By the numbers
For the first time in several years, attendance figures have been adjusted upward...to 85,000. This is based on the number of wristbands handed out. Because so many of us visit the festival on more than one day, the total is a bit nebulous. It would probably be more accurate to say 85,000 visits, but it's a good number either way.
I will be interested to see the economic impact numbers, which will appear in a month or so. Jeff Dense, a political science professor at Eastern Oregon University, collects the data and puts that report together. I spoke to him during the festival, while he was busy collecting surveys in return for tokens. It sounds like the means of collecting data was tweaked somewhat from 2012, which is good. I did not embrace last year's finding that 70 percent of festival attendees came from outside Portland metro.
Glass for keeps
The move to an actual glass was such a positive change that many were left wondering why it hadn't occurred earlier. You could see the beer, taste the beer, smell the beer. In defense of the OBF, this change likely would have happened earlier had they realized glass in the park was okay. They mistakenly believed the city had a rule against glass there. Not so.
Beyond the obvious benefits of the glass, a residual benefit is the fact that people took these things home. I had family visiting from the Seattle area and they scooped up their glasses. We've got two of them on the glass shelf here. My wife informed me she wouldn't mind having a few more. So much for recycling. These glasses are keepers.
Of course, I was one of several people who thought the move to a 3 oz taste was a bad idea. I didn't and don't have an issue with the economic reasons for the change. I merely thought the smaller taster would lead to more people getting full beers due to longer lines. And more drunks.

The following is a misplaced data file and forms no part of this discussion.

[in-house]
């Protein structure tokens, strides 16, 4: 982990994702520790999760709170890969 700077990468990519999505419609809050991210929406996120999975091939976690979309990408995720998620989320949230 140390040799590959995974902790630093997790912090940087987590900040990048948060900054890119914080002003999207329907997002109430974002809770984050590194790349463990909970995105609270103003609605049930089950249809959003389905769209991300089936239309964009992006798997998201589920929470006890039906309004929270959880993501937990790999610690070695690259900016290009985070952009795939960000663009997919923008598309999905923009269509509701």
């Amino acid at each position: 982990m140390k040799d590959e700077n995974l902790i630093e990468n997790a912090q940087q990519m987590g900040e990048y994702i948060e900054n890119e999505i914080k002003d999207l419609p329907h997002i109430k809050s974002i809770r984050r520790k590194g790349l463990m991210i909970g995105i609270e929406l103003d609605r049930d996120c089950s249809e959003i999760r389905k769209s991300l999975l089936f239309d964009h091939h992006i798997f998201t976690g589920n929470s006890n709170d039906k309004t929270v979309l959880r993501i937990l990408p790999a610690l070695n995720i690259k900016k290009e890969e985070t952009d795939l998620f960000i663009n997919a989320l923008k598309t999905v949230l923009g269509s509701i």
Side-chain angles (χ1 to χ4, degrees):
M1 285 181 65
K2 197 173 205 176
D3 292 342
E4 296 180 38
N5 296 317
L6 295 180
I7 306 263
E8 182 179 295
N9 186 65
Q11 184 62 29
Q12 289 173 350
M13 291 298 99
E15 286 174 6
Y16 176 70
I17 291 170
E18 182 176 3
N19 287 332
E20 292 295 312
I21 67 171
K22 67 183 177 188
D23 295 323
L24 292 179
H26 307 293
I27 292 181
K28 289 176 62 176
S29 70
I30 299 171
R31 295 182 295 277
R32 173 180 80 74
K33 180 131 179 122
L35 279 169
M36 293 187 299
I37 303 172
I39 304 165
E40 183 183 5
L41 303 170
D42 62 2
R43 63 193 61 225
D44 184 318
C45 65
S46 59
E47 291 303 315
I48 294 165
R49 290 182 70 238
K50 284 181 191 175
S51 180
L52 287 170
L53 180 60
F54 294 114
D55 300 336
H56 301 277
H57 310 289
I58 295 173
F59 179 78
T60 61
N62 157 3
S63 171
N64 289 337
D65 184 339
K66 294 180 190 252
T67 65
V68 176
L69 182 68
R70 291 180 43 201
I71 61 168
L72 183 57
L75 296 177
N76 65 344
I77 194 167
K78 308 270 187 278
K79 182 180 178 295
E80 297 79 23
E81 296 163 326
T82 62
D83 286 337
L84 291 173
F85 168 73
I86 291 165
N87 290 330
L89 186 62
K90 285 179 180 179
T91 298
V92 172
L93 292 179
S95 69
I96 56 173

In general, I didn't see that happening. I was there all afternoon Friday into the evening. I really didn't see that many full beers. In fact, the new glass did a nice job of obscuring the smaller taste size. That was either great planning or dumb luck.
Probably the biggest problem the festival has faced in recent years is lines. Last year, there were dreadful lines Thursday afternoon. Friday afternoon and evening was a joke. Saturday was a mess almost from the start. I thought it might be worse this year. I was wrong.
Some will surely point to the additional day as a partial reason. It surely helped. Wednesday was a mellow day, nothing like Thursday last year. There were plenty of people in the park, yet it was never hard to get a beer. Even Friday afternoon wasn't bad. There were lines for some beers, but you could work your way to the front in short order. Even if Saturday was bad, the line problem was largely minimized this year.
Opening up the area between the tents and the beer on the south side paid off nicely. The open space helped keep people who had just filled up out of the lines, allowing those needing a fill-up to get beer quicker. There may have also been improved tactics built into pouring and serving...I don't know. Big win for the festival.
As I've said in the past, it's going to be interesting to see what happens to the Oregon Brewers Festival over the course of the next few years. This has been Art Larrance's domain since the beginning. I had a chance to chat with him for 10 minutes or so Friday afternoon. He was relaxed and seemed comfortable with the fact that the event was humming along smoothly around us. I've sometimes seen him racing around like a maniac around that time.